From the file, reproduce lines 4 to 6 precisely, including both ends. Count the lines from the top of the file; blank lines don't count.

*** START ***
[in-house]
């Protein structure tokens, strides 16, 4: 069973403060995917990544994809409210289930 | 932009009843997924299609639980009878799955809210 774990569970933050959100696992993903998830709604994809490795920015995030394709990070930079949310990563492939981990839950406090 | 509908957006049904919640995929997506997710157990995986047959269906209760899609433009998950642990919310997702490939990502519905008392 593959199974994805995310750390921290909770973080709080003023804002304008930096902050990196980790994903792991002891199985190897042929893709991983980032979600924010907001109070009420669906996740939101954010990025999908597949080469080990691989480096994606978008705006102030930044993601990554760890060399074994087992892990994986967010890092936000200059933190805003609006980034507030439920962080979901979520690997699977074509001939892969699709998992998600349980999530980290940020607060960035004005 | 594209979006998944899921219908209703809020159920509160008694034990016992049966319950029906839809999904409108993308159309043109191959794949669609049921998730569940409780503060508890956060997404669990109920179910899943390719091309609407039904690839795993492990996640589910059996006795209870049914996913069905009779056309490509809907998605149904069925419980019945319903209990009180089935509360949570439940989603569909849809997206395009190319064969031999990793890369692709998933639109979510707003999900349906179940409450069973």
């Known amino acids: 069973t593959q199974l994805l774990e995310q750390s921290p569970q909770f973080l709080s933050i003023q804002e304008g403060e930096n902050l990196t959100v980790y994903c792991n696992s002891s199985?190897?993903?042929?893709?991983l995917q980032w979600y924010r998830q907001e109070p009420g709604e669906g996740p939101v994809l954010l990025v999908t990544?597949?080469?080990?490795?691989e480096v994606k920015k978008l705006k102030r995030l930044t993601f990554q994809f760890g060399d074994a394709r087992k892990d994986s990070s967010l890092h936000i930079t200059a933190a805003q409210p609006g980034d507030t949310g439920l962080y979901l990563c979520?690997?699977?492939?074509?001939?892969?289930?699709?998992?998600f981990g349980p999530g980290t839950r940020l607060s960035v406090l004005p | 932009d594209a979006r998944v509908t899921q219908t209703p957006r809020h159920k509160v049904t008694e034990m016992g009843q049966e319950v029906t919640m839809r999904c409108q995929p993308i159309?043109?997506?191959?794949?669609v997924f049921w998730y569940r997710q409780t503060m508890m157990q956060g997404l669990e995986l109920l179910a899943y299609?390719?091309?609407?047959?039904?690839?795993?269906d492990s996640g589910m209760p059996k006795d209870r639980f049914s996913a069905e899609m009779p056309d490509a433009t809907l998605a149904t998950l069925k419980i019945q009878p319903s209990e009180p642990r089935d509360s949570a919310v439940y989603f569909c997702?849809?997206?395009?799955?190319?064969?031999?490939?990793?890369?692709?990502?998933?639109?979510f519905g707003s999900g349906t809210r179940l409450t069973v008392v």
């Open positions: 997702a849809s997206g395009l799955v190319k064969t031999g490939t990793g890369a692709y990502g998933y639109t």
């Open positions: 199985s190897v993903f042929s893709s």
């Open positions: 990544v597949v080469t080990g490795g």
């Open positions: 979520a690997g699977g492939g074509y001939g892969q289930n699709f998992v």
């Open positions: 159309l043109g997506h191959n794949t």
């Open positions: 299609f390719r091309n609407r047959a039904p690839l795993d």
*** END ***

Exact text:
């Open positions: 997702a849809s997206g395009l799955v190319k064969t031999g490939t990793g890369a692709y990502g998933y639109t």
């Open positions: 199985s190897v993903f042929s893709s």
């Open positions: 990544v597949v080469t080990g490795g």